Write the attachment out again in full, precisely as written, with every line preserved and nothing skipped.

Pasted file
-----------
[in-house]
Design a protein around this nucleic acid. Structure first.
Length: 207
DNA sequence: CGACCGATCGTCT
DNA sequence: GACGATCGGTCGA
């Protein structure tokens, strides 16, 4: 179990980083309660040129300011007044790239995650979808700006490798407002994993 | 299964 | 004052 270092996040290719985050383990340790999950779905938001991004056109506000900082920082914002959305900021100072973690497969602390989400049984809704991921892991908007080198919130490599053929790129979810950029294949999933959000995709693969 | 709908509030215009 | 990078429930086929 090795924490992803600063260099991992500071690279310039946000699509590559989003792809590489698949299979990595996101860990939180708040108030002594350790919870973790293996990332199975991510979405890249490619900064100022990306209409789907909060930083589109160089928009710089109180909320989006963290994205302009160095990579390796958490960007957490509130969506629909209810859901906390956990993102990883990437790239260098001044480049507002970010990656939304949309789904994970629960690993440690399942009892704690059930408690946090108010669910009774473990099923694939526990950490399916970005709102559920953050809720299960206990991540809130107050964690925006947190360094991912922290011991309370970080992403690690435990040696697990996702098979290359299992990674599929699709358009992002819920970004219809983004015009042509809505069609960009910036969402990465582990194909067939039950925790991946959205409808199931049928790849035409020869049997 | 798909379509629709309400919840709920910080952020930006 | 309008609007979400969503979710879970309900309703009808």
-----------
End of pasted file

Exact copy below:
[in-house]
Design a protein around this nucleic acid. Structure first.
Length: 207
DNA sequence: CGACCGATCGTCT
DNA sequence: GACGATCGGTCGA
């Protein structure tokens, strides 16, 4: 179990980083309660040129300011007044790239995650979808700006490798407002994993 | 299964 | 004052 270092996040290719985050383990340790999950779905938001991004056109506000900082920082914002959305900021100072973690497969602390989400049984809704991921892991908007080198919130490599053929790129979810950029294949999933959000995709693969 | 709908509030215009 | 990078429930086929 090795924490992803600063260099991992500071690279310039946000699509590559989003792809590489698949299979990595996101860990939180708040108030002594350790919870973790293996990332199975991510979405890249490619900064100022990306209409789907909060930083589109160089928009710089109180909320989006963290994205302009160095990579390796958490960007957490509130969506629909209810859901906390956990993102990883990437790239260098001044480049507002970010990656939304949309789904994970629960690993440690399942009892704690059930408690946090108010669910009774473990099923694939526990950490399916970005709102559920953050809720299960206990991540809130107050964690925006947190360094991912922290011991309370970080992403690690435990040696697990996702098979290359299992990674599929699709358009992002819920970004219809983004015009042509809505069609960009910036969402990465582990194909067939039950925790991946959205409808199931049928790849035409020869049997 | 798909379509629709309400919840709920910080952020930006 | 309008609007979400969503979710879970309900309703009808």